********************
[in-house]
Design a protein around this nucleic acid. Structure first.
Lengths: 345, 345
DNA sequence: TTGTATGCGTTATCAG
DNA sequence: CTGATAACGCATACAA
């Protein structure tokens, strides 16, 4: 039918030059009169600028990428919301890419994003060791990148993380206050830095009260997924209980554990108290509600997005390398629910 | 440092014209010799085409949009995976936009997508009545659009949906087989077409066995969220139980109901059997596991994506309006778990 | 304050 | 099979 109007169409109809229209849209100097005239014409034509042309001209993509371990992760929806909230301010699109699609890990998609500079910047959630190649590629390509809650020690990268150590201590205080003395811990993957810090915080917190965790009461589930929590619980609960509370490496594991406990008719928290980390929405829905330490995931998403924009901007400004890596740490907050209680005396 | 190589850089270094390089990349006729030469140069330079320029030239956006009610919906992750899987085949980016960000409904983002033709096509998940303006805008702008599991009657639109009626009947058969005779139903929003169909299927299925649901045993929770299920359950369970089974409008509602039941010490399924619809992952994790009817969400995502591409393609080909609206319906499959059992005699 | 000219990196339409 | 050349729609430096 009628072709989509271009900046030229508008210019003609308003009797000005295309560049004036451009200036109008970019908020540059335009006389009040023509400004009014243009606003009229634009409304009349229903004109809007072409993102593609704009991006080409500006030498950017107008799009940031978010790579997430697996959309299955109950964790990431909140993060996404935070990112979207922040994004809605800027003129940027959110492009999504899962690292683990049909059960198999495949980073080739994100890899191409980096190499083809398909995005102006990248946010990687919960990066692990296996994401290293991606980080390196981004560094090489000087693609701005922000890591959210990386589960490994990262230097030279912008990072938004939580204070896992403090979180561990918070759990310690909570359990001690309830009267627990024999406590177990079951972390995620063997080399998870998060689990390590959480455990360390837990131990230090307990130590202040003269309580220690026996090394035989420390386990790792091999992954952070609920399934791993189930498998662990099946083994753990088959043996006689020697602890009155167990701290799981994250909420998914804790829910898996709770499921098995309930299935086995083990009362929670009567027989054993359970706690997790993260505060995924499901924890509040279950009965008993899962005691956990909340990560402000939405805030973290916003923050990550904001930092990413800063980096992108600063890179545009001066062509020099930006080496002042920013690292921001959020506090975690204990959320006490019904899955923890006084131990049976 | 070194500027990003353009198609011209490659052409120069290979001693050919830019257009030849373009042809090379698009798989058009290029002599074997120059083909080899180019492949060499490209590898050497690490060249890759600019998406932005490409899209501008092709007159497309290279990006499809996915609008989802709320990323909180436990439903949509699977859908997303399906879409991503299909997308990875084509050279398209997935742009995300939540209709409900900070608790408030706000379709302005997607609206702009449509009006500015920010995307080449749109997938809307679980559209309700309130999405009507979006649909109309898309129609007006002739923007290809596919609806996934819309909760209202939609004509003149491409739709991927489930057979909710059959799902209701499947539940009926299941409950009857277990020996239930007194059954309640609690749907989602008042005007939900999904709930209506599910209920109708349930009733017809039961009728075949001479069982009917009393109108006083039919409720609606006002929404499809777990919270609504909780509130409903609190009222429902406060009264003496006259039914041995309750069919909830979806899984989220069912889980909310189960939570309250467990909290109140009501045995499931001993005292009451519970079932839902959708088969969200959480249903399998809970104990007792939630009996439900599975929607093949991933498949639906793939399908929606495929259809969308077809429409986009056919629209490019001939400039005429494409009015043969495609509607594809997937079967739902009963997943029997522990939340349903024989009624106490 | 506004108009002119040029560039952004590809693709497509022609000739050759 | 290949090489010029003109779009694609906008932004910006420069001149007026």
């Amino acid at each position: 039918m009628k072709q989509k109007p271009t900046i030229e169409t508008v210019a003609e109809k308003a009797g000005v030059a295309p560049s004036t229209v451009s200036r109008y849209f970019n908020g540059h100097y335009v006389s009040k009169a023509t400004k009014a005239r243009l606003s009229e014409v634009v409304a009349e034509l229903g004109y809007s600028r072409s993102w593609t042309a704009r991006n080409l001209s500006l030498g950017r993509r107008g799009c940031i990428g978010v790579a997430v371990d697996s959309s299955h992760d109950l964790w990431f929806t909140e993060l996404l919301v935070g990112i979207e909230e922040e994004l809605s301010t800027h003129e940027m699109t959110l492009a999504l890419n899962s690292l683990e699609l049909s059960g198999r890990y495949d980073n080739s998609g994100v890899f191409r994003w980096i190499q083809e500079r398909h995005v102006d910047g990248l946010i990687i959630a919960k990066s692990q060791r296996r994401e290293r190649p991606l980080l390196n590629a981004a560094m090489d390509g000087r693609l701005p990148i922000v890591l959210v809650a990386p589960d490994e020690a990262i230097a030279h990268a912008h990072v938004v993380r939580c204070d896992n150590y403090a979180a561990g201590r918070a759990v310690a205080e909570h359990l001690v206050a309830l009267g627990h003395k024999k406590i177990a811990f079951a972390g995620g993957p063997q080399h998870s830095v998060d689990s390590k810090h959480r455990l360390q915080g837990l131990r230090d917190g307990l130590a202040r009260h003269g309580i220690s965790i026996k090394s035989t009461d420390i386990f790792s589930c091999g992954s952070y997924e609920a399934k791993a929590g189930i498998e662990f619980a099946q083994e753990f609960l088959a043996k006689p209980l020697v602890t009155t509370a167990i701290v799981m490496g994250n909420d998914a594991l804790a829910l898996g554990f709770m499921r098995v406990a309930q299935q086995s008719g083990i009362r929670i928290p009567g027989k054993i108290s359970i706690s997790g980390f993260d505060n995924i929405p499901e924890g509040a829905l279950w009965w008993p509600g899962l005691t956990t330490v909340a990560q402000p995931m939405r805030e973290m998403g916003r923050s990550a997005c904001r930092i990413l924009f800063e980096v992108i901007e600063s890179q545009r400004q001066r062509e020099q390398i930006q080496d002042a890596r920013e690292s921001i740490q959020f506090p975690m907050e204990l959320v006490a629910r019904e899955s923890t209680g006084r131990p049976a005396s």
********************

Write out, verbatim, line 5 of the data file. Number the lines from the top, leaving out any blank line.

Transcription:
DNA sequence: CTGATAACGCATACAA